Hodge's consideration continues by summarizing seven theories of the universe. Herein only the third (Darwin's) and seventh (Scriptural) will be examined. The third view, which Hodge called "speculative," is that of Darwin and his associates who admit the creation of living matter "in the form of one or a few primordial germs." Darwin's theory, despite admitting a creator, is however anti-teleological and atheistic:
…from [one or a few primordial germs] without any purpose or design, by the slow operation of unintelligent natural causes, and accidental variations, during untold ages, all the orders, classes, genera, species, and varieties of plants and animals, from the lowest to the highest, man included, have been formed. Teleology, and therefore mind, or God, is expressly banished from the world.The seventh and final theory presented is the Scriptural doctrine. This doctrine teaches three things: 1) That the universe and all it contains owe their existence to the will and power of God; 2) God endowed matter with properties which He upholds and works in accordance with, "using them everywhere and constantly;" 3) That in the beginning God created every distinct species of plant and animal. Darwinism is merely an arraying of probabilities against these teachings of scripture (Ibid.:vol. 2,22-27).
Lastly Hodge discusses the many difficulties in his
theory which Darwin admits. He complements Darwin on his candor in acknowledging
these grave objections. Of these objections, there are several. Of concern
here is the objection that the theory assumes "that matter does the work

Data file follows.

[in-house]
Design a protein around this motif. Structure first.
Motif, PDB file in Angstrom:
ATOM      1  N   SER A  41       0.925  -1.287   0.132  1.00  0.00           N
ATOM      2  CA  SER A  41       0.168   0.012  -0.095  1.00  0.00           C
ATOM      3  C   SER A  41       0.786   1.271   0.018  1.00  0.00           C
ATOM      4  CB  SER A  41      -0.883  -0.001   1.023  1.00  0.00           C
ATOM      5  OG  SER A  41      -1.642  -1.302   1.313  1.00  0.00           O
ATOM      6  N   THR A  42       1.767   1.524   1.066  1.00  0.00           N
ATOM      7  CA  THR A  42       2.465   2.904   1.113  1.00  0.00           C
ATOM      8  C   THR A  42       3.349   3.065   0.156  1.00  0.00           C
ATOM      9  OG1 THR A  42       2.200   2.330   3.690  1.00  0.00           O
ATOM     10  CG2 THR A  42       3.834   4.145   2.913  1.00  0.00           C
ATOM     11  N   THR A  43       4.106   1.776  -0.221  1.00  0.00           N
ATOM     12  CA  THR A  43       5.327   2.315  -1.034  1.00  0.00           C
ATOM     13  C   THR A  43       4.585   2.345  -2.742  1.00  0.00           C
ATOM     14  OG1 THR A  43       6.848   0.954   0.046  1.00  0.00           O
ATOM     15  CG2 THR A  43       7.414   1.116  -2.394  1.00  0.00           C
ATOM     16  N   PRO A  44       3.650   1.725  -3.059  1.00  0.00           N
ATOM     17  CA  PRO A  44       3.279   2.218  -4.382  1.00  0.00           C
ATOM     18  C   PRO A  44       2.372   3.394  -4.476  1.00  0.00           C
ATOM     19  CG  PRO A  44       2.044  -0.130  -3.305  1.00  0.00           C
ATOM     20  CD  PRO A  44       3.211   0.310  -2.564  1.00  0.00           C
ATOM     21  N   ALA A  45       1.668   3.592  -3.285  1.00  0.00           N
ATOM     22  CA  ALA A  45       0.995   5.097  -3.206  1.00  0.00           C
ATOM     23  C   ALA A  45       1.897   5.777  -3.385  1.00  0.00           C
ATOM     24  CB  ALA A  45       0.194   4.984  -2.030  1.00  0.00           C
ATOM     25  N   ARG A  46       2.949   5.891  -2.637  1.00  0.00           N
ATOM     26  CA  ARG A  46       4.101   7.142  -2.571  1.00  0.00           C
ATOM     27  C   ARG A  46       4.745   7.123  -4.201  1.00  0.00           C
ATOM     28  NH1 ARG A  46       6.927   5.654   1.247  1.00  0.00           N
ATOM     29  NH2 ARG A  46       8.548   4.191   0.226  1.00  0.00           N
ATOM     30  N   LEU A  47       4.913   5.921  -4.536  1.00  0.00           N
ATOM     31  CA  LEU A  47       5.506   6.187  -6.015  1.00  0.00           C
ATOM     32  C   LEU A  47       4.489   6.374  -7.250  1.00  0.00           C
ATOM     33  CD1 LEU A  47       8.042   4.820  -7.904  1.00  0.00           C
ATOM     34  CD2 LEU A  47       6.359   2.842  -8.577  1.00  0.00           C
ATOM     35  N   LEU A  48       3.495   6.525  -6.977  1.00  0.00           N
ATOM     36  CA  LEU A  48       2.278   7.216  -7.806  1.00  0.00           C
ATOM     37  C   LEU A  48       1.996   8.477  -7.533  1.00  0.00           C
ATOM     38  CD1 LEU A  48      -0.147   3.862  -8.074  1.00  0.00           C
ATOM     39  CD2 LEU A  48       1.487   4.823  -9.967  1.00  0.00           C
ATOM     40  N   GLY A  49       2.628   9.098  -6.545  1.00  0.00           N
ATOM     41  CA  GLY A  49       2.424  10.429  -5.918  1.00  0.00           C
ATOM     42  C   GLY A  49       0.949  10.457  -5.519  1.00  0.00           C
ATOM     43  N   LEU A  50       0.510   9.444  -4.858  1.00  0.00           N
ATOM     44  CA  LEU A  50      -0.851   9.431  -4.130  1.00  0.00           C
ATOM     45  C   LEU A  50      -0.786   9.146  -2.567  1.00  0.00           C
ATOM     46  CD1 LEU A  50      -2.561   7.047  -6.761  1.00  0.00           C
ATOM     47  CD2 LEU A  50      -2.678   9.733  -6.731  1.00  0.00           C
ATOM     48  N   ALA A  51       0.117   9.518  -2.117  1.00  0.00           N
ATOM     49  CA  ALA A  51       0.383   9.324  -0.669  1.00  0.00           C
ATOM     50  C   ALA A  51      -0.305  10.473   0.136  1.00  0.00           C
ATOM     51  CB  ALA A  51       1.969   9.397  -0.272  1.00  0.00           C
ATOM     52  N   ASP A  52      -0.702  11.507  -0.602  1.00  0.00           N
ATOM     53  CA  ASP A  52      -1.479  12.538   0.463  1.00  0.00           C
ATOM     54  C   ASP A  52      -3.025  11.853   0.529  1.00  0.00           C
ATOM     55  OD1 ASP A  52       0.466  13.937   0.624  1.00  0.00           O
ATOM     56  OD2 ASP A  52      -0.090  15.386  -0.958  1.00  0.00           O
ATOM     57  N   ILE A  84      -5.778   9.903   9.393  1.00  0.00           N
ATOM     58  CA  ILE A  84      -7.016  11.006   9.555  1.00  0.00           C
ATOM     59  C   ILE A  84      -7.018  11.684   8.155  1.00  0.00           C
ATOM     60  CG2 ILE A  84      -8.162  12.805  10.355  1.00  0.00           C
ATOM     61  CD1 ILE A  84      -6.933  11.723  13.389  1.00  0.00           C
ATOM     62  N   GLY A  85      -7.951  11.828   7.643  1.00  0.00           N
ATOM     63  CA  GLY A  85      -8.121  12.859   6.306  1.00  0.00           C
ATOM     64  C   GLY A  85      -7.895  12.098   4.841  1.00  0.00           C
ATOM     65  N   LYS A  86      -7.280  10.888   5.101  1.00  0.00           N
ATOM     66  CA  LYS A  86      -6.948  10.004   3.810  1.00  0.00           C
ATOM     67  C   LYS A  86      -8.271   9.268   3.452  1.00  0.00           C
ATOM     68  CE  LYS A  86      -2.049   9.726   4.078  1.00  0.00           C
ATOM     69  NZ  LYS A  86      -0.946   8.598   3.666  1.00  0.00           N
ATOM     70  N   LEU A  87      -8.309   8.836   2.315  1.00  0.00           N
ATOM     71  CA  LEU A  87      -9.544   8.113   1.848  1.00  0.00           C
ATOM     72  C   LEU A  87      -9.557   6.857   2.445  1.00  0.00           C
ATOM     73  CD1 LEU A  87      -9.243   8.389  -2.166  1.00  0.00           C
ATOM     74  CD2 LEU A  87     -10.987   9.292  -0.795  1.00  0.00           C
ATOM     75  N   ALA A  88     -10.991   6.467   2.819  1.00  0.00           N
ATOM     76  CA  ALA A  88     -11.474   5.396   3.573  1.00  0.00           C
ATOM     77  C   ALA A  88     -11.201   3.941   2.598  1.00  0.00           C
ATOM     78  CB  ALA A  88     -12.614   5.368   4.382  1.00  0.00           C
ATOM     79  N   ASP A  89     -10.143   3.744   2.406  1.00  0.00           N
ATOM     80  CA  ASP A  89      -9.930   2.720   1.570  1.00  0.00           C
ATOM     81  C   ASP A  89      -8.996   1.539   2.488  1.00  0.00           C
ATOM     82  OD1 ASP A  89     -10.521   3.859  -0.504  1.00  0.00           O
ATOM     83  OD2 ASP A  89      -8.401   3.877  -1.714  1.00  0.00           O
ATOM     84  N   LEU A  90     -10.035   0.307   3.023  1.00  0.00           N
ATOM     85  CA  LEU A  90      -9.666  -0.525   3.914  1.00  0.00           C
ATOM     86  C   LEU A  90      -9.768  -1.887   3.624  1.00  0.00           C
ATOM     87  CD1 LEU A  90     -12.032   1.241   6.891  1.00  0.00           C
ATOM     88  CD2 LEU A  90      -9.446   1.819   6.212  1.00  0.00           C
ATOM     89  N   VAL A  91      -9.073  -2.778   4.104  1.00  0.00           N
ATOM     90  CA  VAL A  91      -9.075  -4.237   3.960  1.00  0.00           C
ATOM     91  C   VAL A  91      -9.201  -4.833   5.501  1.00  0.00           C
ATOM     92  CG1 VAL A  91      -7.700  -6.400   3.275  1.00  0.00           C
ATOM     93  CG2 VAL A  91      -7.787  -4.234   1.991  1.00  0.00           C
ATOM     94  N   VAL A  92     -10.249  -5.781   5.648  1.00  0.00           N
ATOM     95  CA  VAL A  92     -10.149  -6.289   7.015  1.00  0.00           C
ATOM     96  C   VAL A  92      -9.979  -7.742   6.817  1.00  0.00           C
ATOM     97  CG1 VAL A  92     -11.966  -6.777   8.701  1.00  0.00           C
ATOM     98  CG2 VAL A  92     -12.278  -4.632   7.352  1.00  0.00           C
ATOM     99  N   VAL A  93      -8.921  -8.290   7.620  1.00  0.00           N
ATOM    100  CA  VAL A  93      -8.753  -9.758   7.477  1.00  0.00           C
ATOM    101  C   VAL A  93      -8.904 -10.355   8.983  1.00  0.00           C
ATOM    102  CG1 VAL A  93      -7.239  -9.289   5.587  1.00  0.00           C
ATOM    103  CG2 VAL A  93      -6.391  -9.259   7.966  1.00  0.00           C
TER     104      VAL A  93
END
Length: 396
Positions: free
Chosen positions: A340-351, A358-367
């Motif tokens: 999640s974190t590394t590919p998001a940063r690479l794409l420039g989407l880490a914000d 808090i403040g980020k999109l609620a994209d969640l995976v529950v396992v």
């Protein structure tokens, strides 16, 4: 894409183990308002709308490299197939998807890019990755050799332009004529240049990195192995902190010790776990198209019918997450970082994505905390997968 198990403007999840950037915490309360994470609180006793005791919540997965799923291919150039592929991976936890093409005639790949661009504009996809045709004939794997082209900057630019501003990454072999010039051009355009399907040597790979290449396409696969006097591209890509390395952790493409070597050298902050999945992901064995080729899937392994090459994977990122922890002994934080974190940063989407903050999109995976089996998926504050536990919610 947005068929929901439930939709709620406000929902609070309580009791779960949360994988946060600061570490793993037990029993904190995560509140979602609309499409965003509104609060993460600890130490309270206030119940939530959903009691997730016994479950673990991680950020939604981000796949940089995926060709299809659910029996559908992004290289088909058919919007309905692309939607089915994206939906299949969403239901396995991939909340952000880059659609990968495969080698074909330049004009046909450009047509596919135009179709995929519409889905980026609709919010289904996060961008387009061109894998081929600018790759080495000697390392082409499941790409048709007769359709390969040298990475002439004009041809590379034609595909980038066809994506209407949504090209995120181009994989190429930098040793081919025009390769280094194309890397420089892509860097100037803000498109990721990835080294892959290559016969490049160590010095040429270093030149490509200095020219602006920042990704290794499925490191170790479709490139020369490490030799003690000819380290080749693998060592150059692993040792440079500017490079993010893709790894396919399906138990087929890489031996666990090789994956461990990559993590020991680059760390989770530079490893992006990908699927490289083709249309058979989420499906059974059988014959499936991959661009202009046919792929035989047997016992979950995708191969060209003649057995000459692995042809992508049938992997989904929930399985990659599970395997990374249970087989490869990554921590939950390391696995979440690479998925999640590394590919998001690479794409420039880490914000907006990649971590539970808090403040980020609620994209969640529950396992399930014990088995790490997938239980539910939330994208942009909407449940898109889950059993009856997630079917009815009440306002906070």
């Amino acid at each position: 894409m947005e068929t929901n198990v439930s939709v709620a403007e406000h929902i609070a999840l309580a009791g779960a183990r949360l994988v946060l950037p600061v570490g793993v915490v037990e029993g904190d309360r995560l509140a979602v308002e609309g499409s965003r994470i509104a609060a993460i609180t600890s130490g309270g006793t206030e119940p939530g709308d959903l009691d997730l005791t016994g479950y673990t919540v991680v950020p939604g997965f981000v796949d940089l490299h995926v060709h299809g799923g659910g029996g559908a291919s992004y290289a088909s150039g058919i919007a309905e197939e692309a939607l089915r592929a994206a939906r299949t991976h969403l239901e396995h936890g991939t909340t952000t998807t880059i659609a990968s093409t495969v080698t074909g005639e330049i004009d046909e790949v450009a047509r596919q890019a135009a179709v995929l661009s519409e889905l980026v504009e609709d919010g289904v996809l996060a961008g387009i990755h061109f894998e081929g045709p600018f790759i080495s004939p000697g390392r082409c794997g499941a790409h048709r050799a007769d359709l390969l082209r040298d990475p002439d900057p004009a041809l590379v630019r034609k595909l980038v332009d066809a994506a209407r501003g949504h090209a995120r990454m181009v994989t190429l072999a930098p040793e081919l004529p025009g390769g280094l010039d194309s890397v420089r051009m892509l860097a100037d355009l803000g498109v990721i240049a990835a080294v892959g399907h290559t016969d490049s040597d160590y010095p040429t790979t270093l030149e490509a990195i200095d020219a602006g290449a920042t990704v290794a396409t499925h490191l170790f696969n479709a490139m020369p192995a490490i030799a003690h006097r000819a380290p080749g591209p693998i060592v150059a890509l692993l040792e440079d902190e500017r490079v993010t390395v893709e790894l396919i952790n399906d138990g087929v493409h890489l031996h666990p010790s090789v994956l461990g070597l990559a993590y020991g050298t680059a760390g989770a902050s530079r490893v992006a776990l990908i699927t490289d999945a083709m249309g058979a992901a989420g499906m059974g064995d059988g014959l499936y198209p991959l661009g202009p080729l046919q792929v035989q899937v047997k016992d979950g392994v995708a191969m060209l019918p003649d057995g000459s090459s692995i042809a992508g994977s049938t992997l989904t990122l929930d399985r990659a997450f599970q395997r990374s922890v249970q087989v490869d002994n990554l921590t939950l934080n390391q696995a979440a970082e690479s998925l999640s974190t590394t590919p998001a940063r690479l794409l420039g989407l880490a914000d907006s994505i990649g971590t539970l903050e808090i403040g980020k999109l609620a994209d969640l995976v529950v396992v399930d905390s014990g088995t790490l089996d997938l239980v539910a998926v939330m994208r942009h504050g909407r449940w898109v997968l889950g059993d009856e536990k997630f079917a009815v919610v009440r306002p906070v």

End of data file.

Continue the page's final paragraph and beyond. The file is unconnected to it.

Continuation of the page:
of mind, that design is accomplished without any designer," regarding which
Hodge says Mr. Darwin is equally candid. He quotes Darwin as saying that
this difficulty appears "' to our imagination insuperably great'" and that
natural selection could form an organ so perfect as the eye "'is more than
enough to stagger any one [sic].'" "Mr. Darwin refuses to be staggered
by that which he says is enough to stagger any one [sic]." (Ibid.:vol.
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My idea of Darwinism is that it teaches that all the forms of vegetable and animal life, including man and all the organs of the human body, are the result of unintelligent, undesignating [sic]4 forces; and that the human eye was formed by mere unconscious action. Now, according to my idea, that is a denial of what the Bible teaches, of what reason teaches, and of what the conscience of any human being teaches for it is impossible for any such organ as the eye to be formed by blind forces. It excludes God; it excludes intelligence from every thing (Schaff and Prime 1874: 317-320).What is Darwinism? The question not sufficiently answered, that is what Hodge set out to clarify in his work with that title. While many of his arguments are similar to those in Systematic Theology, What is Darwinism? reflects Hodge's more mature position regarding the issues. His basic argument that Darwinism denies design and thus God remains the same.
The book begins by explaining various other theories
of the universe, including the scriptural view, pantheism, the Epicurean
view, Herbert Spencer's philosophy, the Hylozoic theory, "theism in unscriptural